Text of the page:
Somewhere along the way to delivering a finished story, a writer must go through what I call the Janus Effect. Janus, you will remember, was the Greek god generally depicted as a head looking both ways; the god of beginnings, and by extension, of endings, the god of doors.
When a writer begins a new story there are several things that should be accomplished. First, of course, is deciding what the story is about; the plot line. How will your story begin, what will happen to advance it, and how will it end? It is possible to begin backwards and determine the end of the story before deciding how to begin it, or even how to tell it. Regardless of where the writer begins, the story eventually must have a beginning, a middle and an end. Pretty basic, isn’t it?
Hard on the decision to write a story comes the fleshing out: deciding who is in the story, why they are in it, what they will contribute. The writer must also give time and thought to what the characters look like, how they speak, their movements both physically and within their place in the storyline.
Location is another fundamental of any story. The where can be as important as the why and the what and the who and when. But these are all matters every writer understands, I think. The five W’s are among the first rules of writing and are not negotiable. Without answering those questions at least indirectly, no story can really be a story. But that still leaves you with the Janus Effect: looking at your story from two directions, if you will.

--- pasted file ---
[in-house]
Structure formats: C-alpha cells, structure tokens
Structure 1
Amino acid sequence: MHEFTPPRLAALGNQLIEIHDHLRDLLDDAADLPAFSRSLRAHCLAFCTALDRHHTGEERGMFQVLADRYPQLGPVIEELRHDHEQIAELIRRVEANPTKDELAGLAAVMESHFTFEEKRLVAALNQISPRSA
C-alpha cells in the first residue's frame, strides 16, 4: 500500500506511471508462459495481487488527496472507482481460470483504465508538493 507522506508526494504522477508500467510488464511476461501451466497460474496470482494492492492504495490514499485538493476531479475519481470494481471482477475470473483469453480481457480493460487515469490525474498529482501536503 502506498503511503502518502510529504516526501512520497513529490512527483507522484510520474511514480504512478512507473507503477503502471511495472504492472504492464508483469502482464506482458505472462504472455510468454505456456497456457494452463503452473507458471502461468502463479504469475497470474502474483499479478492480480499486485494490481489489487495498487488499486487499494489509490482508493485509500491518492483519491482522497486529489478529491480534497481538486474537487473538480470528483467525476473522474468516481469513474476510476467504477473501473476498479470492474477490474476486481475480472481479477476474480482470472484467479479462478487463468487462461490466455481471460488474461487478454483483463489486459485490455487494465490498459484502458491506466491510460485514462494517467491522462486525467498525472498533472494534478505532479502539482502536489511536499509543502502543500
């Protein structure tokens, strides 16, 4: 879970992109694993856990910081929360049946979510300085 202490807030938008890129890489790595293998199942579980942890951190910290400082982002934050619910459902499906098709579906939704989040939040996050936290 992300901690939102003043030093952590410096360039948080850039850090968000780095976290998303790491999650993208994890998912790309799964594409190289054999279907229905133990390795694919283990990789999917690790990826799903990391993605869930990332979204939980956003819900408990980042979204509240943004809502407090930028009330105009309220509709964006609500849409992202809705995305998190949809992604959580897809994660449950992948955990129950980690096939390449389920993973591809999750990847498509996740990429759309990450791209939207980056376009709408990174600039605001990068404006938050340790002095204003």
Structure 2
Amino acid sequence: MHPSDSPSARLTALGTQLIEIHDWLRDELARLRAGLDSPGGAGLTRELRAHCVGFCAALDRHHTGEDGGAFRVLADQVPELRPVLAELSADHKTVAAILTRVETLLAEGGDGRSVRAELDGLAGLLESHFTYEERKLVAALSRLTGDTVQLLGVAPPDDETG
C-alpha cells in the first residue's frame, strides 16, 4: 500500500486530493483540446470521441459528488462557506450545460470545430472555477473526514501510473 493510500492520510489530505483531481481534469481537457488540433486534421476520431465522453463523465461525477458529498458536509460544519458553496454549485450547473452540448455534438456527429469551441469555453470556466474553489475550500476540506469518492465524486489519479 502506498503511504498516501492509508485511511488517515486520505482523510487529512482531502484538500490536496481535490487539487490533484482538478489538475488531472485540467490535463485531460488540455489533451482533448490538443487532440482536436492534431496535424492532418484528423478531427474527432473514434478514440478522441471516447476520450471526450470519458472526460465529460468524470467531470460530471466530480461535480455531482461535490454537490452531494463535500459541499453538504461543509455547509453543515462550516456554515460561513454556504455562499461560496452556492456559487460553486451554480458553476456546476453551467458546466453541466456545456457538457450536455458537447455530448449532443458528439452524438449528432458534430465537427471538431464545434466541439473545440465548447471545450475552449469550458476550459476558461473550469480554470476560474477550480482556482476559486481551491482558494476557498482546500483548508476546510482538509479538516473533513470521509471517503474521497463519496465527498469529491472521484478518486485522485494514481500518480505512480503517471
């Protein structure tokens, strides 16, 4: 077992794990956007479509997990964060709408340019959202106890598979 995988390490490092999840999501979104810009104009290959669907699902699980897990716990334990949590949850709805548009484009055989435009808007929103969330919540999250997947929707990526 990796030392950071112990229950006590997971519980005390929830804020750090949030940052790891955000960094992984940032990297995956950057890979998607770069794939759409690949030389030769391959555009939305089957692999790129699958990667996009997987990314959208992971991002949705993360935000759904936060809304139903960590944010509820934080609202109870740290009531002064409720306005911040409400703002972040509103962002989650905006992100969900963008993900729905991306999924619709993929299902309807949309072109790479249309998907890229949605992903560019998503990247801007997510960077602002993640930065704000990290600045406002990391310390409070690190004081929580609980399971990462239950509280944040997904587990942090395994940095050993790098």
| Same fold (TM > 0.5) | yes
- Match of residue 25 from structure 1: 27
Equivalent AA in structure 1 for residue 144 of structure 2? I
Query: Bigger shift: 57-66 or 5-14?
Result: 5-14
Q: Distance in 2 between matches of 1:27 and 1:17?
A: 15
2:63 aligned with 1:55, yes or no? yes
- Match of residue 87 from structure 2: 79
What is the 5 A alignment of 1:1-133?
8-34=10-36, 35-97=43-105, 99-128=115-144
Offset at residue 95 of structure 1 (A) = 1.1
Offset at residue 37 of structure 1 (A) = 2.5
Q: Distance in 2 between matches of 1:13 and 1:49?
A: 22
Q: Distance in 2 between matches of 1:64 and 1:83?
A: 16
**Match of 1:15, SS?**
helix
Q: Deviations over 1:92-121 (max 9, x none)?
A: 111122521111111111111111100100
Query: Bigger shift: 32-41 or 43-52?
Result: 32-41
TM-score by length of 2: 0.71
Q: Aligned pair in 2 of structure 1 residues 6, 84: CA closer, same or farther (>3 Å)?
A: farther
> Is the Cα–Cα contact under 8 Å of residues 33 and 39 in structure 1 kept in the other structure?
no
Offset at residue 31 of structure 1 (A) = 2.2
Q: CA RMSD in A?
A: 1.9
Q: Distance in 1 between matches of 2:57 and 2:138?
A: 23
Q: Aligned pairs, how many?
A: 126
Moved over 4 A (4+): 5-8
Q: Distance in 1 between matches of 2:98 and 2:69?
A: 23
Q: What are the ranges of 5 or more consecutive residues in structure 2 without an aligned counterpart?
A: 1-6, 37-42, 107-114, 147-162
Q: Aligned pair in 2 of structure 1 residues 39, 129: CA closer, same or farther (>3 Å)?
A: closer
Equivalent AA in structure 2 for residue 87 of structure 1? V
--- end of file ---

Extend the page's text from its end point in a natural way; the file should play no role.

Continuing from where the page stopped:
The first face is writing the basic story in your head, following the plot line from the opening to the end of the line: getting it down, putting it on paper, making sense out of what you want to say. I think in another essay about writing non-theatrical films, I’ve described reaching the point at which the client asks how the script is coming, and the answer I would give: "Finished. I just have to put it on paper." That wasn’t a dismissive response, but rather, a true one. Writing, the physical part, is really the end of the job for a writer. The work begins in one’s mind, is developed and fleshed out long before it all comes together on paper. When I sit down to write a story or a script, I do it when I can see and hear it in my mind. To do otherwise is a struggle, trying to control and contain rapid fire thoughts that are created like sparks from a piece of metal dragging along under the car: bright and noisy but too scattered to be useful. When the words are ready, they pour out and fill the pages. And that’s the first aspect of Janus.
Looking the other way doesn’t mean ignoring what is in front of you. It is looking at the story from the reader’s or viewer’s place. The thrill of writing sometimes causes us to ignore what the reader knows or doesn’t know, perhaps doesn’t even understand. So when you read from the reader’s perspective or position or knowledge node, you should discover what you left out, what you need to expand or what means nothing in the overall story and can be deleted. You get to the end, but perhaps it isn’t the end you had in mind, or expected or even wanted. And now the work begins.
Writing, you see, is fun, can be challenging, is sometimes hard. It’s part of the package, though: telling a story isn’t just saying what’s in your head. It is forming the parts into a model others can see and understand. First, of course, you must have a story to tell. Second, you need an audience to hear the story. First you write to satisfy your own desires and demands. Then you write for your readers.
That’s the Janus Effect.